Videos by American Songwriter
Paul Ingles’ Talk Music With Me series answers this question in a two-part special with Mike Edison, drummer and author of Sympathy for the Drummer
For years, anytime anyone would ask Keith Richards what sustains the Stones, he would say it was Charlie. Keith has never wandered far from his statement that Charlie Watts is the Rolling Stones. It’s Charlie’s buoyant swing-inflected grooves that Keith relies on, the secret jazz he’d mix into the brew, like turning the beat inside out live on stage. But also for never being false. He was always the inverse of Mick, focused as a front-man must be on the show. Charlie always was about music, not show. The man would never smile if he didn’t feel happy. Keith relied on this just as much. He knew Charlie–unlike almost everyone around him-could always be trusted to tell the truth.
Yet great drummers, unless they’re especially flamboyant both visually and musically, like Keith Moon or John Bonham, rarely get appreciated by civilians. Charlie, like Ringo, is so great that it looks easy. Effortless even.
So how does one explain to a non-musician why Charlie is great, and why he’s crucial to the greatest living rock band there is?
Paul Ingles answers that question with his usual grace and ease in his latest radio documentary. Like his great shows on songwriting heroes, this is both compelling and comprehensive. He merges his own real passion for the music and those making it with a journalist’s hunger to go to a good source.
He couldn’t find a better one than the man who wrote the book on the subject, Mike Edison. A drummer himself who understands this subject from the inside, as well a passionately eloquent guy who can put it into words. He’s the author of the book Sympathy for the Drummer: Why Charlie Watts Matters. His spoken explanations are as charged and thorough as the book, brilliantly delving directly into the heart of this ongoing mystery.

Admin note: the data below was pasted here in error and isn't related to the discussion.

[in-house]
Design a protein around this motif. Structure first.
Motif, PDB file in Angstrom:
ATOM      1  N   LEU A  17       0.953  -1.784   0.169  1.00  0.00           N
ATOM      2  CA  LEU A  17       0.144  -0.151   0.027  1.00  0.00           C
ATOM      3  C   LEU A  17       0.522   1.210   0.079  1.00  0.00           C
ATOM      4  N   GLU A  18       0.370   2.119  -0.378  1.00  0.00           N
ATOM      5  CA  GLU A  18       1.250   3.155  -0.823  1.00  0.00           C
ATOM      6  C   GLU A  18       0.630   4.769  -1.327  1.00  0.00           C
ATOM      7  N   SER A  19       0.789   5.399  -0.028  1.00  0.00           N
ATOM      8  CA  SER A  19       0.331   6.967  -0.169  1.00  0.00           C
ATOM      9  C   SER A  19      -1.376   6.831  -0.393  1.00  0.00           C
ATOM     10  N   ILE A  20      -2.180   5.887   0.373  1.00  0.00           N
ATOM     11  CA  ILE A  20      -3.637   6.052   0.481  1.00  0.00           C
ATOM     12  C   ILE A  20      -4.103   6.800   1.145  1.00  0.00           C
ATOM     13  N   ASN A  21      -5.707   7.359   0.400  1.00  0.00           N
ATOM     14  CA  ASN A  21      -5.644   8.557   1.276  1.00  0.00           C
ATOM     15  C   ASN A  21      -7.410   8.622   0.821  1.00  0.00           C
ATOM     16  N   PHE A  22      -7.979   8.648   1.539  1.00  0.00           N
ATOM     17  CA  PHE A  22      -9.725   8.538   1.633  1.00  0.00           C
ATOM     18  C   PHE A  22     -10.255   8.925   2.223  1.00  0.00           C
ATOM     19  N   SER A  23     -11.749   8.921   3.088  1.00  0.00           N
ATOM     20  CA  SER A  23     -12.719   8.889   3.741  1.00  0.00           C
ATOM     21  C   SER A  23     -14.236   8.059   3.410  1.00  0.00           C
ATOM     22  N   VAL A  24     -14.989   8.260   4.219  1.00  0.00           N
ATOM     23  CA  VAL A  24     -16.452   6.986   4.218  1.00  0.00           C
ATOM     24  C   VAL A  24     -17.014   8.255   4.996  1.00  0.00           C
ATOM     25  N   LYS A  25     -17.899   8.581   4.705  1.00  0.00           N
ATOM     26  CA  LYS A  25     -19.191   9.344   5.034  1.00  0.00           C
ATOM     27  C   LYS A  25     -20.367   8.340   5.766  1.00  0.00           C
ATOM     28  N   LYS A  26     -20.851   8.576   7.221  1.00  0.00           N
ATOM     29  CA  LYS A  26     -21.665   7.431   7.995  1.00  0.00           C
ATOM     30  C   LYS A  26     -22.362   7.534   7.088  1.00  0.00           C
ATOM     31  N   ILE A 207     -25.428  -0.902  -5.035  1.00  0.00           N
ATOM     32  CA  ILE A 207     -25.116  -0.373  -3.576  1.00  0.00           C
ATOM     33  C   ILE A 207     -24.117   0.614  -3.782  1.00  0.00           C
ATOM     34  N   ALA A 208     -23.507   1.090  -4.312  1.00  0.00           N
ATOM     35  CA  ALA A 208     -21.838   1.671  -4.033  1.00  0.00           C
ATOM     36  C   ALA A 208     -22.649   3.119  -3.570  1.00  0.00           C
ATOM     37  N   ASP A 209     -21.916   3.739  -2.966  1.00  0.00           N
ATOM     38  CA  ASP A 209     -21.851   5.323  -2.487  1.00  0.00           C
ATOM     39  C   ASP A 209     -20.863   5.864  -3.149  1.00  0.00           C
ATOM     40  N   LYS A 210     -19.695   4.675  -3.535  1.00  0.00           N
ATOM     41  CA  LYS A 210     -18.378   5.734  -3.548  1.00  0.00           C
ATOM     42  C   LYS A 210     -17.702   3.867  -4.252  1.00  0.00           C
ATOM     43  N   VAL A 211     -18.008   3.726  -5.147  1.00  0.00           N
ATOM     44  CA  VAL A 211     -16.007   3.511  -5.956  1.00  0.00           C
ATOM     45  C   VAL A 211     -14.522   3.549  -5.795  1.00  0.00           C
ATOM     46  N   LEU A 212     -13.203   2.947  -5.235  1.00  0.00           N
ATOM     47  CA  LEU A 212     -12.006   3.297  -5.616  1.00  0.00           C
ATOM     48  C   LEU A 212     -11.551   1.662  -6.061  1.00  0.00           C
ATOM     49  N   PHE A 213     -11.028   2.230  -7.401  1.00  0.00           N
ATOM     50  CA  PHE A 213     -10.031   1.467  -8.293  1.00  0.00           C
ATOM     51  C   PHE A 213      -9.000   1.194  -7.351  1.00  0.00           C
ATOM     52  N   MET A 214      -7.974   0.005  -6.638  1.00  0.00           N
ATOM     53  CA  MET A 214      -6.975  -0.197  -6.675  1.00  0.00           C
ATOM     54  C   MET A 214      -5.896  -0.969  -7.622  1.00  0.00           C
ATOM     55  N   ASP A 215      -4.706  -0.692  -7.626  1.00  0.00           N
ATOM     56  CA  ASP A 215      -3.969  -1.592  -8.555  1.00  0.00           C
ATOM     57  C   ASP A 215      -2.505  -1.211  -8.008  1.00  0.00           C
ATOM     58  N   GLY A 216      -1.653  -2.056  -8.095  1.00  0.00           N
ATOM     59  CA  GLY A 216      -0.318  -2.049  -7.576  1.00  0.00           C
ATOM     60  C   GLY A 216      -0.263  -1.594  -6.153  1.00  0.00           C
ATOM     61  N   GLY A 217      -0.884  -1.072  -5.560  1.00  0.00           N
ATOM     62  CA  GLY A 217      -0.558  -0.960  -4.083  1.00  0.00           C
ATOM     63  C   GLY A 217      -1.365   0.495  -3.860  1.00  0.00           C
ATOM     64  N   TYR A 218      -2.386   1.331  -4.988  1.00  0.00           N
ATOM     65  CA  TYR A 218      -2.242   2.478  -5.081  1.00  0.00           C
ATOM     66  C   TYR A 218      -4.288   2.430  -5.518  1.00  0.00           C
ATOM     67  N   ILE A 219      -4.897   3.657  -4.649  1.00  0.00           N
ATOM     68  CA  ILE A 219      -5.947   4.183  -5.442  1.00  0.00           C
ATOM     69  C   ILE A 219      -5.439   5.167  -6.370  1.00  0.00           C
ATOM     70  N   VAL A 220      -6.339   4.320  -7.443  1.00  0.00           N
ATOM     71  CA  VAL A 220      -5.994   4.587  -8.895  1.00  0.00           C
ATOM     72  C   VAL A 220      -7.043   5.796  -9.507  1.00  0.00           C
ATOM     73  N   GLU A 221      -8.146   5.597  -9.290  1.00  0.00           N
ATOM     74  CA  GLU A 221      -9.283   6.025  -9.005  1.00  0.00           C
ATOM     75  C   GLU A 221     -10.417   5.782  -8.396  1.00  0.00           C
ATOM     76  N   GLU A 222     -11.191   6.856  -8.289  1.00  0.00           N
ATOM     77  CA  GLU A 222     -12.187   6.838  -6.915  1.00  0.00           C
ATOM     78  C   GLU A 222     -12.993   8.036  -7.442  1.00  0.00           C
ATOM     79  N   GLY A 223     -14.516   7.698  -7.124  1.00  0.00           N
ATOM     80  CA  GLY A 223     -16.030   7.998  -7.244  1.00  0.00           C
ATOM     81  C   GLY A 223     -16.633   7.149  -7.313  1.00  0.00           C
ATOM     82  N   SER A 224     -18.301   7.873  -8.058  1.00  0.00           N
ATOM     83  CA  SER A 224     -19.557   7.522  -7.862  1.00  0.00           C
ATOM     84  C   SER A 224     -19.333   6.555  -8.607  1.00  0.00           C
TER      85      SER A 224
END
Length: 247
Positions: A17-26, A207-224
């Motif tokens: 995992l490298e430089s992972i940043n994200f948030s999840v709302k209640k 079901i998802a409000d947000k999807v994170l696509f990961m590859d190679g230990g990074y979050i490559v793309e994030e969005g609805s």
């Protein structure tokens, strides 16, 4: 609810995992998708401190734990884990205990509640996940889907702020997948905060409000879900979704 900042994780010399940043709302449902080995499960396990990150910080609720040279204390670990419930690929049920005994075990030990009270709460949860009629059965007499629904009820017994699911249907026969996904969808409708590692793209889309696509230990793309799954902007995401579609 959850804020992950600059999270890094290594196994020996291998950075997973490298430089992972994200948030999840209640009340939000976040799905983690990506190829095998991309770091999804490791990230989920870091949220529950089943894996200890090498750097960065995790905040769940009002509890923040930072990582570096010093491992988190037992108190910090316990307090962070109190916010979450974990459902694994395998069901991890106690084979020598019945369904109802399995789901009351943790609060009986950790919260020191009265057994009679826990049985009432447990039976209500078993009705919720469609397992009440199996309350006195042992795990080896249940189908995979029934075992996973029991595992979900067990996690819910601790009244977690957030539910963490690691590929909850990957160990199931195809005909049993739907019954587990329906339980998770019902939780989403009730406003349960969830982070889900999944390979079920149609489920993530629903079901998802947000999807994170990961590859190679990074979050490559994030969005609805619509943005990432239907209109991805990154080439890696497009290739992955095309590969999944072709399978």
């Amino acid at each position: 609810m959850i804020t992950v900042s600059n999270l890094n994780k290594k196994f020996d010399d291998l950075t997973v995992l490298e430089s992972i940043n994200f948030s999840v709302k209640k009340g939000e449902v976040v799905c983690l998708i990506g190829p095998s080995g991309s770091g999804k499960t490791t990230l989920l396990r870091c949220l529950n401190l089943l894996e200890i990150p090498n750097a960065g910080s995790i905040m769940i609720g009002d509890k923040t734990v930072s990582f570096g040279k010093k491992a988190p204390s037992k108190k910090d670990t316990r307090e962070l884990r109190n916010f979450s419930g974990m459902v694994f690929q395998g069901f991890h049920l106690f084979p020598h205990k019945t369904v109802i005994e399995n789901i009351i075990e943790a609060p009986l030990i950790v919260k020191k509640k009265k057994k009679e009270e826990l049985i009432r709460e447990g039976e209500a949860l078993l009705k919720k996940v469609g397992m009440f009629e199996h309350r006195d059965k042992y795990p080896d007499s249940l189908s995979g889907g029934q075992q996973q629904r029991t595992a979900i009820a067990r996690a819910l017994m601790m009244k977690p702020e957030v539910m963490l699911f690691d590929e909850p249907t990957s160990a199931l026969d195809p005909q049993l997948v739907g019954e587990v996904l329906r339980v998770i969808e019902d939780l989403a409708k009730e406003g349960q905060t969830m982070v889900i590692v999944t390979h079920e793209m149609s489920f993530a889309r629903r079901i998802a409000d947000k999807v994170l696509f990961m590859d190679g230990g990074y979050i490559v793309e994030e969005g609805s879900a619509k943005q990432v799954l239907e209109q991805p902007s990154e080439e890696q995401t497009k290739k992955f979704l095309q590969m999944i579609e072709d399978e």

“Charlie Watts for me was the holy grail, style-wise,” he says on the show, “and my greatest inspiration for playing the drums.” .
Ingles edited this documentary, like all the others, like a great movie. He always finds the perfect musical example to match a spoken detail, immediately transforming what seems abstract into something easily understood. For musicians listening in, this is regarded with delight, as producers of such shows often display a disconnection from the music. Ingles never is disconnected, which makes all the difference.
In this regard, Edison is the ideal collaborator, as he created a playlist of songs that embody those aspects of Charlie’s playing that distinguish him from all others. Some are famous examples. Others are fairly obscure. And all are persuasive evidence of Charlie’s foundational presence in the music of the Rolling Stones. That playlist is below.
We turned the question on Paul Ingles: Why Charlie Watts? His answer reflects the depth of love and thought that informs all his work.
PAUL INGLES: “I was from that generation growing up when `Are you a Beatles or a Stones fan?’ was a legitimate litmus test. I was definitely a Beatles kid first. I was eight years old in 1964 and was devoted to their story through the breakup in 1970 when I was 14. I bought all the 45s. Still have most of them. All the albums. I liked the Stones on the radio, watched them on TV, but didn’t often buy their records.
I learned who Charlie Watts was when he was on the cover of the live Get Your Ya-Ya’s Out, which we got another year later I guess. Then sometime in 1974, my brother and I went to a DC movie theater to see Ladies and Gentlemen, The Rolling Stones, the live quadraphonic sound film from their 1972 tour, and that was it! It’s still the definitive document of that band at its peak, I think.